Programming Entity Framework


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Entity Framework is an open-source object-relational mapper framework for. NET applications supported by Microsoft.

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It eliminates the need for most of the data-access code which is used to interact with the database that developers usually need to write. It provides an abstract level to the developers to work with a relational table and columns by using the domain-specific object. It also reduces the code size of the data specific applications and also the readability of the code increases by using it. This is a new technology for accessing the data for Microsoft application.

The latest version for Entity Framework is 6.

The above figure represents how an entity framework interacts with the domain class and database. It provides a connection between the business entity and data tables in the database. It saves data stored in the properties of business entities and also retrieves data from the database and converts it to business entities objects automatically. Entity Framework will execute the relevant query in the database and then materialize results into instances of your domain objects for you to work within your app. Notice that I expressed the query in native C language constructs and it is not enclosed in quotes.

Had this query contained a syntactic error, the compiler would have caught it at compile time. NET Entity Framework translates this query into the appropriate form for sending to the database. The database evaluates the query and the Object Services layer materializes the results as objects.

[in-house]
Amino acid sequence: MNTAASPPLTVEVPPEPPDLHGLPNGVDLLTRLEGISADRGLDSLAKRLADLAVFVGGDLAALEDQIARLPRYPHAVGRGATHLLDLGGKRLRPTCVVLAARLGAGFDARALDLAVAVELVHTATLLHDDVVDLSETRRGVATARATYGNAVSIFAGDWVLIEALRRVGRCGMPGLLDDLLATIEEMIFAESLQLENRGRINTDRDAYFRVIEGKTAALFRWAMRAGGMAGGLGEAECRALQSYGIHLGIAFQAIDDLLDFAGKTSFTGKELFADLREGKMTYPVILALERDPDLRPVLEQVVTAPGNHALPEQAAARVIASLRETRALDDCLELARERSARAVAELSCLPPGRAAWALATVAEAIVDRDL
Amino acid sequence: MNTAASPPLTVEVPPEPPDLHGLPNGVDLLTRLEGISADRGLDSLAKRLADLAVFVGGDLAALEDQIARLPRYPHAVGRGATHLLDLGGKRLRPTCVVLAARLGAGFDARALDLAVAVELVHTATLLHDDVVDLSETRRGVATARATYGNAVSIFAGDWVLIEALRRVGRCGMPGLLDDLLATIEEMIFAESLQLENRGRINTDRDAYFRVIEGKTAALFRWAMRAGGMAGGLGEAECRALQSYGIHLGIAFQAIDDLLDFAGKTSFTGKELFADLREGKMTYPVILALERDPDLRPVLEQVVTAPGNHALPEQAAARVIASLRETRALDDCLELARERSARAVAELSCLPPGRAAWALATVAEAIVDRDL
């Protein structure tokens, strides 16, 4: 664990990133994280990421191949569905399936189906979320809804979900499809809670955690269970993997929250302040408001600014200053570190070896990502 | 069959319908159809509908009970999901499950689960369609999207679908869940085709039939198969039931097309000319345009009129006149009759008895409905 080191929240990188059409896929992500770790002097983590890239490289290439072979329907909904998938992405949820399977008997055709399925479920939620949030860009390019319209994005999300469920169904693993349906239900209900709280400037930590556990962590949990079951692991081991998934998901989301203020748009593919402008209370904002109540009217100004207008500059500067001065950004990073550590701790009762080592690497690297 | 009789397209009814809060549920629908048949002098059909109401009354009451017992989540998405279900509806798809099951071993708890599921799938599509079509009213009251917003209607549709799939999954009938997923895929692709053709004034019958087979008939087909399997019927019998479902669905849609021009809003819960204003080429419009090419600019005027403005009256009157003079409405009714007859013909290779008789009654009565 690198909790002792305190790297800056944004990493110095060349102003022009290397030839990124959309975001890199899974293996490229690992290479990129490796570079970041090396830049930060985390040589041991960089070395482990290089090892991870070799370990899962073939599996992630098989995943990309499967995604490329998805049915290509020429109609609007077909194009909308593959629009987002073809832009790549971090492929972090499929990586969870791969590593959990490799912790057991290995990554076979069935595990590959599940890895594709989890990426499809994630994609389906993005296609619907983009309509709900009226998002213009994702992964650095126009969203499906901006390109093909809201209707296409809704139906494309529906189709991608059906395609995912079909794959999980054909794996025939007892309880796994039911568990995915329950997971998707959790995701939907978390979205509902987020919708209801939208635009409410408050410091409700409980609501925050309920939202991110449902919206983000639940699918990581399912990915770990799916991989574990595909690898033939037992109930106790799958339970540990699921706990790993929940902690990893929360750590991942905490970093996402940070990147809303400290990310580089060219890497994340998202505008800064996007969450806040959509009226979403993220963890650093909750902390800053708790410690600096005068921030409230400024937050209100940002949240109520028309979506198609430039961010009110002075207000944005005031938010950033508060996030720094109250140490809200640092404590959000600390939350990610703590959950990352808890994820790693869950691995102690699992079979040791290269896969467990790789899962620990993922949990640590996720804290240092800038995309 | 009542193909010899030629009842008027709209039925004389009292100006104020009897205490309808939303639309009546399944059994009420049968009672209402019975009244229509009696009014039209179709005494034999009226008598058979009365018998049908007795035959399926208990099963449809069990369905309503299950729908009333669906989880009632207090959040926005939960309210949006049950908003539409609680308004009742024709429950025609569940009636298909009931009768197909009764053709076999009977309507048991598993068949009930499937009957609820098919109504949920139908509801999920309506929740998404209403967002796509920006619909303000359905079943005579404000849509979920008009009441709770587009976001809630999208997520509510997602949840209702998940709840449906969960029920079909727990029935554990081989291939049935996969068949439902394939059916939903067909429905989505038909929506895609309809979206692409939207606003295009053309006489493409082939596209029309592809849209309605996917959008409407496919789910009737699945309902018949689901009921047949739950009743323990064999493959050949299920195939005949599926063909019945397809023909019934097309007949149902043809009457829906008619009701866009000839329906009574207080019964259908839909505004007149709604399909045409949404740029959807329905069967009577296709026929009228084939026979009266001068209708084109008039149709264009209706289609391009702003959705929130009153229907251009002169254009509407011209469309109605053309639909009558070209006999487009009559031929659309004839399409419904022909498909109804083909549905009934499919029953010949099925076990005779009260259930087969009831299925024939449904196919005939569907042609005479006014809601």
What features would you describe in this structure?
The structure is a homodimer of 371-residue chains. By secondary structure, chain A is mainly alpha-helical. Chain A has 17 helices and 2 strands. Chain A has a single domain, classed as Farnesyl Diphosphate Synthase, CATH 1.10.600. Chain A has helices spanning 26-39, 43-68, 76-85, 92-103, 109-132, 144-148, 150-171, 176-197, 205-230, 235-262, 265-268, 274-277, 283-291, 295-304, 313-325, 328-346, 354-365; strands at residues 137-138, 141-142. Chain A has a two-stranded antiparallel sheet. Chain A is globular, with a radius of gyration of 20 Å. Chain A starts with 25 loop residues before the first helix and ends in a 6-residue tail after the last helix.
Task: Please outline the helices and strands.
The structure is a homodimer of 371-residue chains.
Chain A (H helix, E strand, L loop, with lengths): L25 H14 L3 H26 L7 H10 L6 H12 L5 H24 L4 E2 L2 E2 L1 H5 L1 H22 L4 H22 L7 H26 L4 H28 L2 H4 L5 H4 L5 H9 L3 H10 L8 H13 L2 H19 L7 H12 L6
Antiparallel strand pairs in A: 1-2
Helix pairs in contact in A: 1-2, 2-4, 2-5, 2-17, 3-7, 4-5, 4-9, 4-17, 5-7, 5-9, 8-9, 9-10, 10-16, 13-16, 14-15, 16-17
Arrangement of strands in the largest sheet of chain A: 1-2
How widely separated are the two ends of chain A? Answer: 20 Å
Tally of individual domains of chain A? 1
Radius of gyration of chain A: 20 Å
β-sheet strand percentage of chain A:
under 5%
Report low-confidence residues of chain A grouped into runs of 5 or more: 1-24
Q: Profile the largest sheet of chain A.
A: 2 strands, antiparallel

So far, all the examples have been read operations. The following code snippet shows how you can create a new RunEvent entity, along with two related Participants:. Simply create a new instance of the RunEvent class and set the properties. In this model, the database server generates the EventID property, so it is not necessary to set it here. After creating the RunEvent object, add it to the list of objects that the object context is tracking by calling the AddToEvents method. The generated object context class has methods for adding objects to each entity set, named AddTo[EntitySetName].

By calling AddToEvents , you make the object context aware of the new Event entity for the purposes of change tracking and communicating with the database. In addition to creating the RunEvent object, the code also creates two Participant objects in much the same way. One of the participants is a volunteer, so it creates an instance of the Volunteer derived class. Finally, the code adds the participant objects to the Participants collection on the RunEvent object.

This establishes the relationship between the event and the participants. At this point the new objects and their relationships only exist in memory. To persist them, you call the SaveChanges method on the context.

Programming Entity Framework

This method propagates all changes it has tracked to the database. In this example, the operations add rows to the tables that store information about events and participants, as well as the link table used to relate the two. Though this example just showed inserting new objects, you can perform updates and deletes in much the same way.

For updates, the code simply modifies the properties of previously read objects. The object context will keep track of the changes and persist them when you call SaveChanges. For deleting entities, the object context provides a DeleteObject method, which you can use to mark an object as deleted. NET Entity Framework propagates the delete operation to the database.

You use a connection object to establish a connection to a model, a command object to specify a query, and a data reader object to retrieve query results. EntityClient represents the results as data records, shaped according to the Entity Data Model. There is no LINQ support at this layer because there are no strongly-typed objects over which queries could be expressed. Also, EntityClient does not support write operations.

To perform inserts, updates, or deletes, you must use the Object Services layer.